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Ask the Car Insurance Expert

I allowed my daughter to drive my car to the store. She caused an accident while parking on a sheet of ice and my car was damaged. Will my insurance cover the damages?

Yes, your insurance provides coverage as defined by the policy when you give others permission to drive it, whether the borrower is a friend or relative.

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The situation is different if your daughter lives with you. In that case she should be listed on your car insurance policy to get coverage. If she lives with you and you specifically excluded her from the policy, then you would not have coverage in this event.

In any case, the amount and type of damage covered depends on the policy. All states, except New Hampshire, require drivers to carry minimum amounts of liability auto insurance, which pays for damage to other property caused by you or whoever borrows your car. Assuming your daughter doesn't live with you, or she lives with you and is listed on your policy, your liability coverage will pay for repairs of any vehicles she damaged up to the limits of the policy.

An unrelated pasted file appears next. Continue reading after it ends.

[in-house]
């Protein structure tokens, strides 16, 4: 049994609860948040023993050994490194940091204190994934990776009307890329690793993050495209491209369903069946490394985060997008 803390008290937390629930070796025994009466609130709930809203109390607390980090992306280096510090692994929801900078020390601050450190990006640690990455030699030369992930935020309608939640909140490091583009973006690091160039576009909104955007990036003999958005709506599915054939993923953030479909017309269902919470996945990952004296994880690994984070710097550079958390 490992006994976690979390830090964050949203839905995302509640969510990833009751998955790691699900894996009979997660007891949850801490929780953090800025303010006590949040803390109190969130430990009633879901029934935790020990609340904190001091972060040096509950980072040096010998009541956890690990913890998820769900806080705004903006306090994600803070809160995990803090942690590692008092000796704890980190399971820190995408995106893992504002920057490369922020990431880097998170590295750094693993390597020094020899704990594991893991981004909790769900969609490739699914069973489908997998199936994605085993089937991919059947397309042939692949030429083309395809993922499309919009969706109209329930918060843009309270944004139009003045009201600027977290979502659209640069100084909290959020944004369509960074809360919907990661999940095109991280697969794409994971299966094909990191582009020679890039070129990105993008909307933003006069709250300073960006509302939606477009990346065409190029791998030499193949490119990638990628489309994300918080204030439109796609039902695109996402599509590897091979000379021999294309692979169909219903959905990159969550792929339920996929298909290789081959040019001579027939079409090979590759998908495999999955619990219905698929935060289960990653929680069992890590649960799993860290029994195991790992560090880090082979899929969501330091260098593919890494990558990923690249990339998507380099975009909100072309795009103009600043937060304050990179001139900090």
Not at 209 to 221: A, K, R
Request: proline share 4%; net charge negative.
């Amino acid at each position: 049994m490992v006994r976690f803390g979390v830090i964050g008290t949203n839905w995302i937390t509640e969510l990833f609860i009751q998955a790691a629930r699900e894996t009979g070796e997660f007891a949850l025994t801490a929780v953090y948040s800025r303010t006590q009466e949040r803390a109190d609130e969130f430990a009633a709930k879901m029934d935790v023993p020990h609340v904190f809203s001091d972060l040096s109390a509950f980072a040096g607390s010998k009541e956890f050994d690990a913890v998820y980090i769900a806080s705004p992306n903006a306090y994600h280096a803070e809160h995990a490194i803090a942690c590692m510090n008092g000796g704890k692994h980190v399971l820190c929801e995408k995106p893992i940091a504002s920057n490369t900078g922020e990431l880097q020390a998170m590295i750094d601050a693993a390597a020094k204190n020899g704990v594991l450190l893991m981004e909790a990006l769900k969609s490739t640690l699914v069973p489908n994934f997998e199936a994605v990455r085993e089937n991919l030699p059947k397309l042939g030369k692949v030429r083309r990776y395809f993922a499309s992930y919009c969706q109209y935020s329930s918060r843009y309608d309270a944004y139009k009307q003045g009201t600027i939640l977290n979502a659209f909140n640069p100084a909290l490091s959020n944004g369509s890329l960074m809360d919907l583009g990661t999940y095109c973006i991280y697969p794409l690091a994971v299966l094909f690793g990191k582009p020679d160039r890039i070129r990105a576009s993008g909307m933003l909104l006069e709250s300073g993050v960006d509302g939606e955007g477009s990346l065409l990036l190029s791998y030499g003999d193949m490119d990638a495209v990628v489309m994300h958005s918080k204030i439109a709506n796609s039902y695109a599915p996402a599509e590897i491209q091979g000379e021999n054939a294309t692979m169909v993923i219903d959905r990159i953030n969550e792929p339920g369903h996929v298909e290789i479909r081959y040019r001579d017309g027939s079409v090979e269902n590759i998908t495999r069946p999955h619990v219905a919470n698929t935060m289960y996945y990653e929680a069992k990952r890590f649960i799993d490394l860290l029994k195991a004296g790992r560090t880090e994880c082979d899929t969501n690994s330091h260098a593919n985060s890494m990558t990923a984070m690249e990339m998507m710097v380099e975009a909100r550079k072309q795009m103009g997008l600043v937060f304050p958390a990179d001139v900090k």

But to get coverage for damage the accident caused to your vehicle, you must have collision coverage as part of your car insurance policy. Collision coverage pays for damage your car suffers in a traffic accident. Like comprehensive coverage, collision coverage is optional. Comprehensive pays for damage caused by factors other than traffic accidents, such as natural disasters, theft, vandalism and collision with an animal.

Some drivers forego collision and comprehensive coverage to get lower car insurance rates, particularly if their car is older and has a relatively low value.

For more, see when your friend crashes your car: the rules of auto liability.

Last updated: Feb. 24, 2011 Redesign Survey